The Turkish government signed bilateral security cooperation agreements with multiple states that were phrased ambiguously to allow for the expulsion or abduction of Turkish nationals living abroad, a joint UN letter has underlined, Nordic Monitor reported.
UN rapporteurs Luciano Hazan, chair-rapporteur of the Working Group on Enforced or Involuntary Disappearances; Felipe González Morales, special rapporteur on the Human Rights of Migrants; Fionnuala Ní Aoláin, special rapporteur on the Promotion and Protection of Human Rights and Fundamental Freedoms While Countering Terrorism; and Nils Melzer, special rapporteur on Torture and Other Cruel, Inhuman or Degrading Treatment or Punishment sent a joint letter to the Turkish government to express their concern about the “systematic practice of state-sponsored extraterritorial abductions and forcible return of Turkish nationals from multiple States to Turkey.”
In the letter they also conveyed their concerns about the personal safety and integrity of the deported individuals as well as those at imminent risk of deportation from third countries.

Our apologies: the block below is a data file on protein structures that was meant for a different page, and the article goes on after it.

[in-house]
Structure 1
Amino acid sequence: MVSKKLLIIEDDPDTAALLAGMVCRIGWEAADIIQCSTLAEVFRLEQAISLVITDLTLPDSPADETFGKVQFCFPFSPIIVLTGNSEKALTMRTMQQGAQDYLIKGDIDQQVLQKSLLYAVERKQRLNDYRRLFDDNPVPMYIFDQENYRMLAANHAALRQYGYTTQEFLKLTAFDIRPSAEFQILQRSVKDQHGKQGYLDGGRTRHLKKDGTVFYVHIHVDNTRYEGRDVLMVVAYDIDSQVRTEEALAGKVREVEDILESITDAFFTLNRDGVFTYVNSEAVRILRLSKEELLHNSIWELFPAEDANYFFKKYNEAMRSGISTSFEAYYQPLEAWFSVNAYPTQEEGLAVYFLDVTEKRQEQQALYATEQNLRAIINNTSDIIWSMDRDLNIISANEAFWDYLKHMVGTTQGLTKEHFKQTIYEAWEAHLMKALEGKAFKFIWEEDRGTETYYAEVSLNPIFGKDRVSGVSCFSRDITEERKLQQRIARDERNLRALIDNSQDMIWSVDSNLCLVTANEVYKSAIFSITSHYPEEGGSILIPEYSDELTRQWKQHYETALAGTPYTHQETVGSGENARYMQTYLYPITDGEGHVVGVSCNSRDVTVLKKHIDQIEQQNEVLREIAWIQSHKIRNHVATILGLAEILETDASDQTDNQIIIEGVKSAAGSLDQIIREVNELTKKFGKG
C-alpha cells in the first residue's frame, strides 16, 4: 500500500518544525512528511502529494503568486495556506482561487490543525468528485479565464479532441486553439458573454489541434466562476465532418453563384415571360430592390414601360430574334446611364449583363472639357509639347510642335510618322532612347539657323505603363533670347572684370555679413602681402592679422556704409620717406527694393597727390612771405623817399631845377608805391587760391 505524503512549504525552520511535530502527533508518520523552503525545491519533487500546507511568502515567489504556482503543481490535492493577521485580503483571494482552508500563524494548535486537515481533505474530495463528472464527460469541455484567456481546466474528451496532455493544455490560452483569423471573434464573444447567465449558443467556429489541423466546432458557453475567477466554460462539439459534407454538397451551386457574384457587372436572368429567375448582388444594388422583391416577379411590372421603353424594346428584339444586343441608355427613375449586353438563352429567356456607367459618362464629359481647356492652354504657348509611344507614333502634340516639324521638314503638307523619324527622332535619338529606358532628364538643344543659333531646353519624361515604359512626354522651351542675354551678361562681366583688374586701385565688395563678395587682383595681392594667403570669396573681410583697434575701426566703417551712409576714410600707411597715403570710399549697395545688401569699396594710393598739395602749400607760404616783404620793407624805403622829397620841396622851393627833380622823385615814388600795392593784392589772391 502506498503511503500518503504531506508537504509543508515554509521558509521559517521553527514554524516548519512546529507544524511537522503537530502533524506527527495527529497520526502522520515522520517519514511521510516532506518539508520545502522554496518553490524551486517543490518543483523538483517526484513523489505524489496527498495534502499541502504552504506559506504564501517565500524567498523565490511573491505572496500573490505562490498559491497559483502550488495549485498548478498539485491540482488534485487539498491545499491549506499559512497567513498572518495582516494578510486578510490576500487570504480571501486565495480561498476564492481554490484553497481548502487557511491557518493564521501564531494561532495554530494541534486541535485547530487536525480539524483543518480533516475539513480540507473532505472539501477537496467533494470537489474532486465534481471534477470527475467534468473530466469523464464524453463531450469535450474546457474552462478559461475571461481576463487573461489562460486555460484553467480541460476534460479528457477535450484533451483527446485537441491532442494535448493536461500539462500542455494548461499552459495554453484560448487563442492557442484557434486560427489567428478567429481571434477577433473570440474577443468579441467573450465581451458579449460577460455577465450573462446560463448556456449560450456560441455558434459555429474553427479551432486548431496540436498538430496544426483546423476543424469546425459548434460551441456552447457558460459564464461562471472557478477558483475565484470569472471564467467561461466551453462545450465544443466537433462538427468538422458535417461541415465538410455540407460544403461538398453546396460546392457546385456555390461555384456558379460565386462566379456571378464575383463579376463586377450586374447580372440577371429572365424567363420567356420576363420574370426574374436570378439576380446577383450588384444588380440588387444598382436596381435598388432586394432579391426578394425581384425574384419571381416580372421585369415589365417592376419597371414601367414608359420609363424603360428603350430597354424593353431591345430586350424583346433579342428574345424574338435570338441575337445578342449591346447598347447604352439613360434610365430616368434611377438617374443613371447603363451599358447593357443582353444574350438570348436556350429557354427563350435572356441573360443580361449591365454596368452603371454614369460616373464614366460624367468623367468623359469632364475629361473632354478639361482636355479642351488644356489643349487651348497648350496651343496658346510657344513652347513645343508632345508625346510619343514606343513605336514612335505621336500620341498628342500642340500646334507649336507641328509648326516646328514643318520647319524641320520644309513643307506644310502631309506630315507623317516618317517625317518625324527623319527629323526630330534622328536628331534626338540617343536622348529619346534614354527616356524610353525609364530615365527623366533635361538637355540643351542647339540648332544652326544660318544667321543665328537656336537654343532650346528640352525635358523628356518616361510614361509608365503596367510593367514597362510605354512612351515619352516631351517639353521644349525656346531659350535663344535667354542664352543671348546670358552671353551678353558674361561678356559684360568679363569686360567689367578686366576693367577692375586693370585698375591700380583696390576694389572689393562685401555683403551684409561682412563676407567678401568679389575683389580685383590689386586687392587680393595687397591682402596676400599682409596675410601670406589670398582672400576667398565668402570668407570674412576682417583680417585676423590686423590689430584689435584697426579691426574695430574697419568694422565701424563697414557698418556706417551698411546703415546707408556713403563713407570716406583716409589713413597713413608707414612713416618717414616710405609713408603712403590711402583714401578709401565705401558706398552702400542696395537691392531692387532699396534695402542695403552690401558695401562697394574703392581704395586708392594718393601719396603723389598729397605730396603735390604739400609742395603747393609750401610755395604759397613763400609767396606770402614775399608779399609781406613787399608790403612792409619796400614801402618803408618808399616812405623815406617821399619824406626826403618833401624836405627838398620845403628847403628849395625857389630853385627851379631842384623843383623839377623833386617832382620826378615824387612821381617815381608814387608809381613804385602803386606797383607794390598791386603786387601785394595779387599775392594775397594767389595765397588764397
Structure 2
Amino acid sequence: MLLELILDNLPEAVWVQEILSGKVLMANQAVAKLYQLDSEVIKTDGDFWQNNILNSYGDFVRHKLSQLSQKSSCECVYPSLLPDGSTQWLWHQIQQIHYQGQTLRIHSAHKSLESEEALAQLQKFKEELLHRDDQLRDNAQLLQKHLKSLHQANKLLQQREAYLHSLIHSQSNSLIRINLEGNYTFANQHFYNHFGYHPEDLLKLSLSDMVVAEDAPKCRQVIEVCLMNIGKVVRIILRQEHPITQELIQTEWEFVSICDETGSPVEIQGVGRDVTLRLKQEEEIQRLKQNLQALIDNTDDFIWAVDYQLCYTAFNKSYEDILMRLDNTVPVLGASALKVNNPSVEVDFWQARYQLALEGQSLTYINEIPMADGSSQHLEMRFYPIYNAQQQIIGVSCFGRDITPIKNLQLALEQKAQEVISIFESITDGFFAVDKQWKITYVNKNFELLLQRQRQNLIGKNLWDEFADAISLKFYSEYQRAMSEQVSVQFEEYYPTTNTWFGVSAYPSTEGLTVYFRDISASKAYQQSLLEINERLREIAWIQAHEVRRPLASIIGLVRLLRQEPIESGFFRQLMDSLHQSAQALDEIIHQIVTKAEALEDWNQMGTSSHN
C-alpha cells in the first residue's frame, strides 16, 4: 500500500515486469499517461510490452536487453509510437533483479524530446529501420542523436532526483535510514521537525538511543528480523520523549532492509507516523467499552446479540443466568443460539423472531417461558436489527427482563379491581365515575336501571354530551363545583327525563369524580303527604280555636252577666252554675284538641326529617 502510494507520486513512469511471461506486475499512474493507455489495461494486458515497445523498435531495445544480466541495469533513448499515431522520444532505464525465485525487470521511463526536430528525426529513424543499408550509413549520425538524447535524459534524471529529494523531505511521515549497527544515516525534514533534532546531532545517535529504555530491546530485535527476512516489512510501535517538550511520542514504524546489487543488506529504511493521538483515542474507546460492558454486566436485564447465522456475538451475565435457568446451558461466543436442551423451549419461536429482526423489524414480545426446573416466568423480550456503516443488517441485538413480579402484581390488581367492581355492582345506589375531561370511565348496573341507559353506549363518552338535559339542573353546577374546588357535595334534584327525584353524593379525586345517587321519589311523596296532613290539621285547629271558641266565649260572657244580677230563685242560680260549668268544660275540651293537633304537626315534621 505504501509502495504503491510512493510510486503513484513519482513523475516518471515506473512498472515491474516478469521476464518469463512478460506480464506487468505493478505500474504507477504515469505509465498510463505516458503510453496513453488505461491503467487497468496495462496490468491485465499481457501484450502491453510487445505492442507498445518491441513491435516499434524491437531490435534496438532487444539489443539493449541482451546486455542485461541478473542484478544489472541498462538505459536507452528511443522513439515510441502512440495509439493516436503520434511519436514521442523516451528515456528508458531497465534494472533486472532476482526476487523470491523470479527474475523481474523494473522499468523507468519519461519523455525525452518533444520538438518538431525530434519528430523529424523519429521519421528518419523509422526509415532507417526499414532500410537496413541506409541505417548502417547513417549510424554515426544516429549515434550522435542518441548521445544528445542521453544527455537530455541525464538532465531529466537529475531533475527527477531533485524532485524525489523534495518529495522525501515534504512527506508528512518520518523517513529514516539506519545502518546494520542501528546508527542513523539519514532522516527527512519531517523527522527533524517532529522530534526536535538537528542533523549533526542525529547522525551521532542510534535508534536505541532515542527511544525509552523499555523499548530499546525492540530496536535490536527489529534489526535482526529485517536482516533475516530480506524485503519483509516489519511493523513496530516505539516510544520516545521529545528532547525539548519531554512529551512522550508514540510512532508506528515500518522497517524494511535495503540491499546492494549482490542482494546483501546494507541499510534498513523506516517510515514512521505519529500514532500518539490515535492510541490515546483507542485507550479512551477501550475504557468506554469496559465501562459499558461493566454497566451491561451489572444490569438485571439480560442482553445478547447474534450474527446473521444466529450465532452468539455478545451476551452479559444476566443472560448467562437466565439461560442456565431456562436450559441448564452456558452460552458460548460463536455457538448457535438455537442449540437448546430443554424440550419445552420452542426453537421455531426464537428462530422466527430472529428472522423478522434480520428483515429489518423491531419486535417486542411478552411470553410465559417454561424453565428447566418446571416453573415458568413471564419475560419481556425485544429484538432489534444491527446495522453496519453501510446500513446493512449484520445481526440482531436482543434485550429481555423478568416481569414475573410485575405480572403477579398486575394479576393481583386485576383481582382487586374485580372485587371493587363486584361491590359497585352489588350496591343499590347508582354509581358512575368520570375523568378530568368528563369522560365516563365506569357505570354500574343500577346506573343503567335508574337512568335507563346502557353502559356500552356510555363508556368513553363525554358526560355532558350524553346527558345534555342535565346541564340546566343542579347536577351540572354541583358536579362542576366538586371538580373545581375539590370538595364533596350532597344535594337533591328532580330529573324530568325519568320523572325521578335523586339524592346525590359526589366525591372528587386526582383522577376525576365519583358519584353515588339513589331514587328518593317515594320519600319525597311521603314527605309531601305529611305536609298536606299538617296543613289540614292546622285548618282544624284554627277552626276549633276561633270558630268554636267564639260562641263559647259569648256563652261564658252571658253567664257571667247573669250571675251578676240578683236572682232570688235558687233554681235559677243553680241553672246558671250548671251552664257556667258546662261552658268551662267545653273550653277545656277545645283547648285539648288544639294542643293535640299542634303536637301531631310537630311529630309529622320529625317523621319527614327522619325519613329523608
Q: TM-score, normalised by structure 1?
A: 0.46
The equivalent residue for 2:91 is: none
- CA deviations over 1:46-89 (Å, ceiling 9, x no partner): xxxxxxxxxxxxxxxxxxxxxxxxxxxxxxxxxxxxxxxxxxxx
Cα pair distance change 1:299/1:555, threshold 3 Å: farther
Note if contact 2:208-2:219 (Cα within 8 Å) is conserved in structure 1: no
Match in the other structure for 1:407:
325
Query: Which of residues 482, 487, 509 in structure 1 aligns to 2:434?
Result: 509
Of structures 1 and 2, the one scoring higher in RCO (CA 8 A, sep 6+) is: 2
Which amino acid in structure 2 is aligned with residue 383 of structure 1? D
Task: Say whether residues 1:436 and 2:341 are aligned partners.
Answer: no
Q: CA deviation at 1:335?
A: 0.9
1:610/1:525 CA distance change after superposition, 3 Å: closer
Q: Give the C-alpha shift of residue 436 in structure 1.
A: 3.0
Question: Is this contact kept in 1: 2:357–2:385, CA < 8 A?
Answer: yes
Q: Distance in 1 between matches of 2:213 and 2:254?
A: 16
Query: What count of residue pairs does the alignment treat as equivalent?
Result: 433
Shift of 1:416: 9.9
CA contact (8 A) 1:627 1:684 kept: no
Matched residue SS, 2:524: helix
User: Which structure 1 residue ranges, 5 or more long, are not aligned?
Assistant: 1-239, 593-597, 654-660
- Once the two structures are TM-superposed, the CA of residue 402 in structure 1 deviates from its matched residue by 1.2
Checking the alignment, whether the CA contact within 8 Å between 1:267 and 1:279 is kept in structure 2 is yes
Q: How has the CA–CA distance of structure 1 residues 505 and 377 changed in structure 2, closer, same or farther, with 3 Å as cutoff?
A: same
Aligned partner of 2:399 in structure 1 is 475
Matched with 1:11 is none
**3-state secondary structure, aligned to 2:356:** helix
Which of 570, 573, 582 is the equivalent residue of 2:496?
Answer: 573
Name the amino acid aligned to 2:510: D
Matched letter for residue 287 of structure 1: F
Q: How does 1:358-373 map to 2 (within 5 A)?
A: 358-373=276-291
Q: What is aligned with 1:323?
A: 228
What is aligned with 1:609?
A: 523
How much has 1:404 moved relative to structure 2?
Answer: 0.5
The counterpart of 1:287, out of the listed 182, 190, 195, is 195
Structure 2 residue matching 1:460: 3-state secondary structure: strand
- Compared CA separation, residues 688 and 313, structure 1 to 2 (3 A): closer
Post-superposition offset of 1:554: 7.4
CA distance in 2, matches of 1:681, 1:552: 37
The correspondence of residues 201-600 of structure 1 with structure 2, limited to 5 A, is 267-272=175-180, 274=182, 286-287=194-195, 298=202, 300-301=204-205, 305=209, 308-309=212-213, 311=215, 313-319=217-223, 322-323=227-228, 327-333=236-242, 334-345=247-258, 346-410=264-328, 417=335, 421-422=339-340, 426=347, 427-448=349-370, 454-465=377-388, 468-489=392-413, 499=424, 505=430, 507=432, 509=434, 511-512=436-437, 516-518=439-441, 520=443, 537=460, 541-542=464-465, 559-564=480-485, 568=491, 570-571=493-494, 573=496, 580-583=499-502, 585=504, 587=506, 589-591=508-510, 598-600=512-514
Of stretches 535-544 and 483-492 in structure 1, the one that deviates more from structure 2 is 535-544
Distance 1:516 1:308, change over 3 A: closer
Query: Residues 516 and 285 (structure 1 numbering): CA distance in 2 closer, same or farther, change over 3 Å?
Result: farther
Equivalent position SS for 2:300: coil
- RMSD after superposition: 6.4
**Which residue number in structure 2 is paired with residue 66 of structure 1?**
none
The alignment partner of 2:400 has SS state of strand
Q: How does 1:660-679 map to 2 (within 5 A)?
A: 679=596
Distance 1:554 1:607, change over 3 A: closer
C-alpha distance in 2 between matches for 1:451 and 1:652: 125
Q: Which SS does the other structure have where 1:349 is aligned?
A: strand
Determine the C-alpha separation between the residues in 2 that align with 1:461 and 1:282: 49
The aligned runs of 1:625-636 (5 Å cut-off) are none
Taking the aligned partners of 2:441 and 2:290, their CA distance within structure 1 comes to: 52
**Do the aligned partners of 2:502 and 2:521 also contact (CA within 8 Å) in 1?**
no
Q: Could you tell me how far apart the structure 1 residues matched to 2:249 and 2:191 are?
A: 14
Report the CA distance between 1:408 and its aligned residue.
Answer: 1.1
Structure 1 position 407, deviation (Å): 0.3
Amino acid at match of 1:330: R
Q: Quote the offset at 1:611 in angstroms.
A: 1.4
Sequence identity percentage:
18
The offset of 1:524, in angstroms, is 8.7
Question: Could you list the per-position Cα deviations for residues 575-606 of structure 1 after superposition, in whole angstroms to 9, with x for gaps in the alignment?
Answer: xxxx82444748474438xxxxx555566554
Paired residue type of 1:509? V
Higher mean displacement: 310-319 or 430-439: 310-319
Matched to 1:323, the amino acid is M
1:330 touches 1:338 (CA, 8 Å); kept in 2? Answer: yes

The UN rapporteurs asked the Turkish government to provide further information about its operations in coordination with authorities in Afghanistan, Albania, Azerbaijan, Afghanistan, Cambodia, Gabon, Kosovo, Kazakhstan, Lebanon and Pakistan for the abduction, arbitrary arrest, detention, enforced disappearance or torture of at least 100 individuals suspected of involvement with the “Hizmet/Gulen movement,” a group critical of the Turkish government that appears to be the latest victim of the government of President Recep Tayyip Erdoğa. In addition, they accused the Turkish government of curtailing independent and effective investigations into these abuses.
“The Government of Turkey, in coordination with other States, is reported to have forcibly transferred over 100 Turkish nationals to Turkey, of which 40 individuals have been subjected to enforced disappearance, mostly abducted off the streets or from their homes all over the world, and in multiple instances along with their children,” the letter said.
Nordic Monitor previously reported how the content of Turkey’s security agreements has changed in parallel to the transformation of national legislation and that the new documents contained ambiguous copy-paste phrases designed to suppress government opponents outside the country. According to research conducted by Nordic Monitor, President Erdoğan’s Islamist government considers international security mechanisms a convenient tool for political persecution abroad.